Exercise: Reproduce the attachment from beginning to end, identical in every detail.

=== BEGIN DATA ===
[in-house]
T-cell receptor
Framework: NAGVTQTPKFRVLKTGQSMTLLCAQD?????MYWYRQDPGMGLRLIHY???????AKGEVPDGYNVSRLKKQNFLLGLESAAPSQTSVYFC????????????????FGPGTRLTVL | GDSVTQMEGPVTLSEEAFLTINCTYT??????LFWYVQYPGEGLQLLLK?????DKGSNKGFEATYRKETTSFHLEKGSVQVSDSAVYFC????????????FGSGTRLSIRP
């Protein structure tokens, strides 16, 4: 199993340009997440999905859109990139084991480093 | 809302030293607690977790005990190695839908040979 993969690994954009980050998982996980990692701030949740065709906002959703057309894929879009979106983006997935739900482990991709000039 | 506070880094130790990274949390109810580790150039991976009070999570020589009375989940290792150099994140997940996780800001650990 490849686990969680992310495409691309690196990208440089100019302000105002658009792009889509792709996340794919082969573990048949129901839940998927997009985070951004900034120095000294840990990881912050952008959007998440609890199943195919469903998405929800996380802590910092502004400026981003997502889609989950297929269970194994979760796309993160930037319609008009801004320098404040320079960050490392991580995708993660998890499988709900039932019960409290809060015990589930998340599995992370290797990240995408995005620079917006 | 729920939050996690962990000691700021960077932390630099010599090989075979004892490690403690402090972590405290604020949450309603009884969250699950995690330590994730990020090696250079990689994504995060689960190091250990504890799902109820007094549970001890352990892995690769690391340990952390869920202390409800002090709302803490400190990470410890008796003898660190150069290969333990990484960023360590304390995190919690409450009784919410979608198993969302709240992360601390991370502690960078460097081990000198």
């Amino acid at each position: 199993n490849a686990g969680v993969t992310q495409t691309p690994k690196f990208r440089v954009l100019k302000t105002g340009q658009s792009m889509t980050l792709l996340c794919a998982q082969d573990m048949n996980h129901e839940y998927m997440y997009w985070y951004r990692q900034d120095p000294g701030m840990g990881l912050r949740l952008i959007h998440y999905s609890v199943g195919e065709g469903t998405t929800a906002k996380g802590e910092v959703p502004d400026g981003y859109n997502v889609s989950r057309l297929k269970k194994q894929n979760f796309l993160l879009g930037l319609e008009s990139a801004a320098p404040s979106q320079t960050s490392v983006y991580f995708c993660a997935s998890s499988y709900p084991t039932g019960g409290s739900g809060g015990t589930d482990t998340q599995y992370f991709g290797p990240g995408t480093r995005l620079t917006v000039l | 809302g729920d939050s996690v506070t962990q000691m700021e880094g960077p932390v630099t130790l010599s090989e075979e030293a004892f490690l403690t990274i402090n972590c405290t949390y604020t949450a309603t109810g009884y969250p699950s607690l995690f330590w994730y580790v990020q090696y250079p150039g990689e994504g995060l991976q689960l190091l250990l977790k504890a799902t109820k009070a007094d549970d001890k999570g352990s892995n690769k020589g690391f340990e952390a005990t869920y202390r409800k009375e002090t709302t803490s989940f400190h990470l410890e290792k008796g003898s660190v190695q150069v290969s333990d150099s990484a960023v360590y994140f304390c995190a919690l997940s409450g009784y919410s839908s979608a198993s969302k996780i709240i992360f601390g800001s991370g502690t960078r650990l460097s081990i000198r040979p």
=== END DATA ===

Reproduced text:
[in-house]
T-cell receptor
Framework: NAGVTQTPKFRVLKTGQSMTLLCAQD?????MYWYRQDPGMGLRLIHY???????AKGEVPDGYNVSRLKKQNFLLGLESAAPSQTSVYFC????????????????FGPGTRLTVL | GDSVTQMEGPVTLSEEAFLTINCTYT??????LFWYVQYPGEGLQLLLK?????DKGSNKGFEATYRKETTSFHLEKGSVQVSDSAVYFC????????????FGSGTRLSIRP
């Protein structure tokens, strides 16, 4: 199993340009997440999905859109990139084991480093 | 809302030293607690977790005990190695839908040979 993969690994954009980050998982996980990692701030949740065709906002959703057309894929879009979106983006997935739900482990991709000039 | 506070880094130790990274949390109810580790150039991976009070999570020589009375989940290792150099994140997940996780800001650990 490849686990969680992310495409691309690196990208440089100019302000105002658009792009889509792709996340794919082969573990048949129901839940998927997009985070951004900034120095000294840990990881912050952008959007998440609890199943195919469903998405929800996380802590910092502004400026981003997502889609989950297929269970194994979760796309993160930037319609008009801004320098404040320079960050490392991580995708993660998890499988709900039932019960409290809060015990589930998340599995992370290797990240995408995005620079917006 | 729920939050996690962990000691700021960077932390630099010599090989075979004892490690403690402090972590405290604020949450309603009884969250699950995690330590994730990020090696250079990689994504995060689960190091250990504890799902109820007094549970001890352990892995690769690391340990952390869920202390409800002090709302803490400190990470410890008796003898660190150069290969333990990484960023360590304390995190919690409450009784919410979608198993969302709240992360601390991370502690960078460097081990000198």
């Amino acid at each position: 199993n490849a686990g969680v993969t992310q495409t691309p690994k690196f990208r440089v954009l100019k302000t105002g340009q658009s792009m889509t980050l792709l996340c794919a998982q082969d573990m048949n996980h129901e839940y998927m997440y997009w985070y951004r990692q900034d120095p000294g701030m840990g990881l912050r949740l952008i959007h998440y999905s609890v199943g195919e065709g469903t998405t929800a906002k996380g802590e910092v959703p502004d400026g981003y859109n997502v889609s989950r057309l297929k269970k194994q894929n979760f796309l993160l879009g930037l319609e008009s990139a801004a320098p404040s979106q320079t960050s490392v983006y991580f995708c993660a997935s998890s499988y709900p084991t039932g019960g409290s739900g809060g015990t589930d482990t998340q599995y992370f991709g290797p990240g995408t480093r995005l620079t917006v000039l | 809302g729920d939050s996690v506070t962990q000691m700021e880094g960077p932390v630099t130790l010599s090989e075979e030293a004892f490690l403690t990274i402090n972590c405290t949390y604020t949450a309603t109810g009884y969250p699950s607690l995690f330590w994730y580790v990020q090696y250079p150039g990689e994504g995060l991976q689960l190091l250990l977790k504890a799902t109820k009070a007094d549970d001890k999570g352990s892995n690769k020589g690391f340990e952390a005990t869920y202390r409800k009375e002090t709302t803490s989940f400190h990470l410890e290792k008796g003898s660190v190695q150069v290969s333990d150099s990484a960023v360590y994140f304390c995190a919690l997940s409450g009784y919410s839908s979608a198993s969302k996780i709240i992360f601390g800001s991370g502690t960078r650990l460097s081990i000198r040979p």